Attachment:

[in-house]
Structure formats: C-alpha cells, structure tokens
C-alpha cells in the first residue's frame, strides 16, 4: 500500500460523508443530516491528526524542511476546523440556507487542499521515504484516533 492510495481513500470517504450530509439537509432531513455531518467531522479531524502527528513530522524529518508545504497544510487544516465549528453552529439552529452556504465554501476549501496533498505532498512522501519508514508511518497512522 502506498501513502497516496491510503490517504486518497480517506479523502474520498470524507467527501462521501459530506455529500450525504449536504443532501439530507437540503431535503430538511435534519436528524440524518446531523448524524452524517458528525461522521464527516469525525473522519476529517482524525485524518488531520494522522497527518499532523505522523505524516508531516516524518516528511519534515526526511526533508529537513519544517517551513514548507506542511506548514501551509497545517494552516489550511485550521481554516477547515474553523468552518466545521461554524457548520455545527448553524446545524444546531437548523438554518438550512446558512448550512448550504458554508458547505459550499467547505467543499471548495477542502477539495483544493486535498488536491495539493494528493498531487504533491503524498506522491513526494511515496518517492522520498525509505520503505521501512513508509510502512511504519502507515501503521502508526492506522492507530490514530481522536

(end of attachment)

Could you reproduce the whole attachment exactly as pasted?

[in-house]
Structure formats: C-alpha cells, structure tokens
C-alpha cells in the first residue's frame, strides 16, 4: 500500500460523508443530516491528526524542511476546523440556507487542499521515504484516533 492510495481513500470517504450530509439537509432531513455531518467531522479531524502527528513530522524529518508545504497544510487544516465549528453552529439552529452556504465554501476549501496533498505532498512522501519508514508511518497512522 502506498501513502497516496491510503490517504486518497480517506479523502474520498470524507467527501462521501459530506455529500450525504449536504443532501439530507437540503431535503430538511435534519436528524440524518446531523448524524452524517458528525461522521464527516469525525473522519476529517482524525485524518488531520494522522497527518499532523505522523505524516508531516516524518516528511519534515526526511526533508529537513519544517517551513514548507506542511506548514501551509497545517494552516489550511485550521481554516477547515474553523468552518466545521461554524457548520455545527448553524446545524444546531437548523438554518438550512446558512448550512448550504458554508458547505459550499467547505467543499471548495477542502477539495483544493486535498488536491495539493494528493498531487504533491503524498506522491513526494511515496518517492522520498525509505520503505521501512513508509510502512511504519502507515501503521502508526492506522492507530490514530481522536